At the time of registration of the disputed domain names the Respondent knew, or at least should have known, the existence of the Complainant's priorly registered well-known trademark, and registration of the Complainant’s domain name (see, e.g., The Gap, Inc. v. Deng Youqian, WIPO Case No. D2009-0113).
The fact that the website at the disputed domain name provides adult sexually explicit content with pornography elements is a clear indication that the domain name has been registered and used in bad faith (see, e.g., Six Continents Hotels, Inc. v. Seweryn Nowak, WIPO Case No. D2003-0022, Miroglio S.p.A. v. Mr. Alexander Albert W. Gore, WIPO Case No. D2003-0557).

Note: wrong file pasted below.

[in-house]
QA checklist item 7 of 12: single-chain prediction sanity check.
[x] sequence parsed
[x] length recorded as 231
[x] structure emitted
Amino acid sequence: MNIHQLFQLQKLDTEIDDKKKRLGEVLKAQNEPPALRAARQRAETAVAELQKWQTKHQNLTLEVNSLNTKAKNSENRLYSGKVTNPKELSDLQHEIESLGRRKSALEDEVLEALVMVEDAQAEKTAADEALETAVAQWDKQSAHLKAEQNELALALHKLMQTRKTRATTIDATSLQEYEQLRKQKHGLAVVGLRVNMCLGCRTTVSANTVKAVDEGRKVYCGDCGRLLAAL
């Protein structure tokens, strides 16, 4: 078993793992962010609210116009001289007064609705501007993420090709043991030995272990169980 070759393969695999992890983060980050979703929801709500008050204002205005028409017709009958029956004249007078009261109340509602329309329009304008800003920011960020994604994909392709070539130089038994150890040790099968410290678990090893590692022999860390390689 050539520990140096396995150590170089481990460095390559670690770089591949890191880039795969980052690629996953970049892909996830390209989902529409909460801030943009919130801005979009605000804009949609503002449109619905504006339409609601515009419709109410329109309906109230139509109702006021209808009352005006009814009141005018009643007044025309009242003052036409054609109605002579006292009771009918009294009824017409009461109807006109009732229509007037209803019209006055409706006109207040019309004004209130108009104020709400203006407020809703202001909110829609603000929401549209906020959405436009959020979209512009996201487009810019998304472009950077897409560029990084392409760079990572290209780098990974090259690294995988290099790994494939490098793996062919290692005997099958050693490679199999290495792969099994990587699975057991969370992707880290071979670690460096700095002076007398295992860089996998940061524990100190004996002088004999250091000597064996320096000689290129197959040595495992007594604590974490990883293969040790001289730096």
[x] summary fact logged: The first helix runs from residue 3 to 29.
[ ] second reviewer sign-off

The Respondent used a privacy service to register the disputed domain name. According to section 3.6 of the WIPO Overview of WIPO Panel Views on Selected UDRP Questions, Third Edition, the use of a privacy or proxy service merely to avoid being notified of a UDRP proceeding, may support an inference of bad faith; a respondent filing a response may refute such inference.. However, no such response was provided by the Respondent. Thus, such use of the privacy service here confirms registration of the disputed domain name in bad faith.
Therefore, the Complainant has established its case under paragraph 4(a)(iii) of the Policy..
For the foregoing reasons, in accordance with paragraphs 4(i) of the Policy and 15 of the Rules, the Panel orders that the disputed domain name <valvolinecup.com> be transferred to the Complainant.
Date: February 15, 2018